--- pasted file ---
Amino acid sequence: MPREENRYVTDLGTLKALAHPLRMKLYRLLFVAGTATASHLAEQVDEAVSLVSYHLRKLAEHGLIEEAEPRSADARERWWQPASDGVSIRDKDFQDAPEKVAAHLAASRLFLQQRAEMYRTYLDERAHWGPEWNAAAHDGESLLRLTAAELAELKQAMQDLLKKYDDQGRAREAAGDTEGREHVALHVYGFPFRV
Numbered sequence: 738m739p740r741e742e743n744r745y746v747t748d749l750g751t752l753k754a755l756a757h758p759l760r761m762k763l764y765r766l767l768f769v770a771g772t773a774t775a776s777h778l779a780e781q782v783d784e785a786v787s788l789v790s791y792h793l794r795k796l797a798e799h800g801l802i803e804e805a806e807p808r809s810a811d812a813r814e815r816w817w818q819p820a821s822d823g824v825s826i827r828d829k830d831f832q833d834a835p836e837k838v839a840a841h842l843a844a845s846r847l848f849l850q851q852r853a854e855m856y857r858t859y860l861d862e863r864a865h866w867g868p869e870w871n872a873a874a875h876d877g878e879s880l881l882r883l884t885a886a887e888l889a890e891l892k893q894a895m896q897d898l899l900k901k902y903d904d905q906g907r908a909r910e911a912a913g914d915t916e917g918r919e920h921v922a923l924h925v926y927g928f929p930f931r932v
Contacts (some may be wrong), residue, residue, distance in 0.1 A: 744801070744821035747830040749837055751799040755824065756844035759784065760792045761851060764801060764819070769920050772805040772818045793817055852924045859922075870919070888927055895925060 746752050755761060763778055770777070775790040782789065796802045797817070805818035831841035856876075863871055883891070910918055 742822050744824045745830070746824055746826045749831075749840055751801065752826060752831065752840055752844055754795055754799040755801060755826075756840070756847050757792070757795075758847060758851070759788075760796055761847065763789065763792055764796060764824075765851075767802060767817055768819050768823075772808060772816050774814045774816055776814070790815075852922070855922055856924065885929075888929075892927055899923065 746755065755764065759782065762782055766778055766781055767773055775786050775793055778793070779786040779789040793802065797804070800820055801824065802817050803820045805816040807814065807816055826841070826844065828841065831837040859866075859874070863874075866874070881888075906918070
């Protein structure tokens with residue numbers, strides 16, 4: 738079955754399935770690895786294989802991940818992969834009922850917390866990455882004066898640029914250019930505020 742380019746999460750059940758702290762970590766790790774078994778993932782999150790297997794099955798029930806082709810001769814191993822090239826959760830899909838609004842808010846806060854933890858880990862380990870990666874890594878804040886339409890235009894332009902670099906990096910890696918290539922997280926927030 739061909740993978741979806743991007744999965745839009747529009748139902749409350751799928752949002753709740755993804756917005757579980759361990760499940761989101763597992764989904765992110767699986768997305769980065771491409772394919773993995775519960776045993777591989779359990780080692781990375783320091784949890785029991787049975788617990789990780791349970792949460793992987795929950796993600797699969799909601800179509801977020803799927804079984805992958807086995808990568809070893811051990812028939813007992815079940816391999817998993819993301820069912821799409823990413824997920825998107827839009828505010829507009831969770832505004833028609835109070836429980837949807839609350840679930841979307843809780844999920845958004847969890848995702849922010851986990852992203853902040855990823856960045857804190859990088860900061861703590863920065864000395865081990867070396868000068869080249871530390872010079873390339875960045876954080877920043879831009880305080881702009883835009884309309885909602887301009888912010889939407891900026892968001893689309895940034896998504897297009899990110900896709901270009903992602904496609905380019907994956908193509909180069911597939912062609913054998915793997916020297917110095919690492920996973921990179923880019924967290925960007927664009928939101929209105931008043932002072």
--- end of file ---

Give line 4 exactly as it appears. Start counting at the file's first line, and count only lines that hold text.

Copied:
């Protein structure tokens with residue numbers, strides 16, 4: 738079955754399935770690895786294989802991940818992969834009922850917390866990455882004066898640029914250019930505020 742380019746999460750059940758702290762970590766790790774078994778993932782999150790297997794099955798029930806082709810001769814191993822090239826959760830899909838609004842808010846806060854933890858880990862380990870990666874890594878804040886339409890235009894332009902670099906990096910890696918290539922997280926927030 739061909740993978741979806743991007744999965745839009747529009748139902749409350751799928752949002753709740755993804756917005757579980759361990760499940761989101763597992764989904765992110767699986768997305769980065771491409772394919773993995775519960776045993777591989779359990780080692781990375783320091784949890785029991787049975788617990789990780791349970792949460793992987795929950796993600797699969799909601800179509801977020803799927804079984805992958807086995808990568809070893811051990812028939813007992815079940816391999817998993819993301820069912821799409823990413824997920825998107827839009828505010829507009831969770832505004833028609835109070836429980837949807839609350840679930841979307843809780844999920845958004847969890848995702849922010851986990852992203853902040855990823856960045857804190859990088860900061861703590863920065864000395865081990867070396868000068869080249871530390872010079873390339875960045876954080877920043879831009880305080881702009883835009884309309885909602887301009888912010889939407891900026892968001893689309895940034896998504897297009899990110900896709901270009903992602904496609905380019907994956908193509909180069911597939912062609913054998915793997916020297917110095919690492920996973921990179923880019924967290925960007927664009928939101929209105931008043932002072």